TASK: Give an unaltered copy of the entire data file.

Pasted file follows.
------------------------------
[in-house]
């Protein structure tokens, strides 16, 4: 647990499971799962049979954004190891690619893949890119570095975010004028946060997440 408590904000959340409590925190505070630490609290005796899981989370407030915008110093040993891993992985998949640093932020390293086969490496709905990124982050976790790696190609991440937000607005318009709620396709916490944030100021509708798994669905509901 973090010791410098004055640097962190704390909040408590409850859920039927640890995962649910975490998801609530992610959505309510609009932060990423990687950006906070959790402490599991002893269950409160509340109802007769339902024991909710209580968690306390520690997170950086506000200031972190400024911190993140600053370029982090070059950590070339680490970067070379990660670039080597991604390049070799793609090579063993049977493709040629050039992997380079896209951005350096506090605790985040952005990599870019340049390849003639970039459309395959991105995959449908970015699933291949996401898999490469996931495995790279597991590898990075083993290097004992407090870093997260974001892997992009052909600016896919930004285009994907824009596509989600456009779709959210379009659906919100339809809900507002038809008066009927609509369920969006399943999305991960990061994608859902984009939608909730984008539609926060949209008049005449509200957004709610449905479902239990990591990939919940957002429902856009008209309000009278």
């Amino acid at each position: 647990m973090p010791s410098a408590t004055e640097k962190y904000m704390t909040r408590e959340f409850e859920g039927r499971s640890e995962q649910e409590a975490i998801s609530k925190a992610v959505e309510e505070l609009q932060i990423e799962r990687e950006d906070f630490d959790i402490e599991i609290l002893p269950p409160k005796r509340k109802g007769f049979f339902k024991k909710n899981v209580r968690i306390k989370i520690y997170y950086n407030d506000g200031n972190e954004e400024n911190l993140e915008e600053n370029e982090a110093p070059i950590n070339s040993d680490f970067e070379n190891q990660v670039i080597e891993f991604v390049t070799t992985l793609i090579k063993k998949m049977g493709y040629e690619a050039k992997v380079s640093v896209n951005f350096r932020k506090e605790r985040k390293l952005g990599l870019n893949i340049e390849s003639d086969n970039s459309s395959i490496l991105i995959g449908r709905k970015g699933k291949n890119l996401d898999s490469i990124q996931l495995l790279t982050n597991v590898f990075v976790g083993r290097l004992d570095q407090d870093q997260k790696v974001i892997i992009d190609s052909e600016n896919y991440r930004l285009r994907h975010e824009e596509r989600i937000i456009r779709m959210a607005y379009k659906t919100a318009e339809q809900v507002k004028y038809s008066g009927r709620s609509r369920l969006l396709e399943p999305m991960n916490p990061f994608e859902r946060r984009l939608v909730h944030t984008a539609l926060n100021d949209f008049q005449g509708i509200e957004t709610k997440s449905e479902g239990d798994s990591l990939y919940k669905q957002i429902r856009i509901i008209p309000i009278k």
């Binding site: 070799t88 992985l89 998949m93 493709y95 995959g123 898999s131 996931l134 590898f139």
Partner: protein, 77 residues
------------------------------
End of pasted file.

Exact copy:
[in-house]
């Protein structure tokens, strides 16, 4: 647990499971799962049979954004190891690619893949890119570095975010004028946060997440 408590904000959340409590925190505070630490609290005796899981989370407030915008110093040993891993992985998949640093932020390293086969490496709905990124982050976790790696190609991440937000607005318009709620396709916490944030100021509708798994669905509901 973090010791410098004055640097962190704390909040408590409850859920039927640890995962649910975490998801609530992610959505309510609009932060990423990687950006906070959790402490599991002893269950409160509340109802007769339902024991909710209580968690306390520690997170950086506000200031972190400024911190993140600053370029982090070059950590070339680490970067070379990660670039080597991604390049070799793609090579063993049977493709040629050039992997380079896209951005350096506090605790985040952005990599870019340049390849003639970039459309395959991105995959449908970015699933291949996401898999490469996931495995790279597991590898990075083993290097004992407090870093997260974001892997992009052909600016896919930004285009994907824009596509989600456009779709959210379009659906919100339809809900507002038809008066009927609509369920969006399943999305991960990061994608859902984009939608909730984008539609926060949209008049005449509200957004709610449905479902239990990591990939919940957002429902856009008209309000009278």
């Amino acid at each position: 647990m973090p010791s410098a408590t004055e640097k962190y904000m704390t909040r408590e959340f409850e859920g039927r499971s640890e995962q649910e409590a975490i998801s609530k925190a992610v959505e309510e505070l609009q932060i990423e799962r990687e950006d906070f630490d959790i402490e599991i609290l002893p269950p409160k005796r509340k109802g007769f049979f339902k024991k909710n899981v209580r968690i306390k989370i520690y997170y950086n407030d506000g200031n972190e954004e400024n911190l993140e915008e600053n370029e982090a110093p070059i950590n070339s040993d680490f970067e070379n190891q990660v670039i080597e891993f991604v390049t070799t992985l793609i090579k063993k998949m049977g493709y040629e690619a050039k992997v380079s640093v896209n951005f350096r932020k506090e605790r985040k390293l952005g990599l870019n893949i340049e390849s003639d086969n970039s459309s395959i490496l991105i995959g449908r709905k970015g699933k291949n890119l996401d898999s490469i990124q996931l495995l790279t982050n597991v590898f990075v976790g083993r290097l004992d570095q407090d870093q997260k790696v974001i892997i992009d190609s052909e600016n896919y991440r930004l285009r994907h975010e824009e596509r989600i937000i456009r779709m959210a607005y379009k659906t919100a318009e339809q809900v507002k004028y038809s008066g009927r709620s609509r369920l969006l396709e399943p999305m991960n916490p990061f994608e859902r946060r984009l939608v909730h944030t984008a539609l926060n100021d949209f008049q005449g509708i509200e957004t709610k997440s449905e479902g239990d798994s990591l990939y919940k669905q957002i429902r856009i509901i008209p309000i009278k």
């Binding site: 070799t88 992985l89 998949m93 493709y95 995959g123 898999s131 996931l134 590898f139």
Partner: protein, 77 residues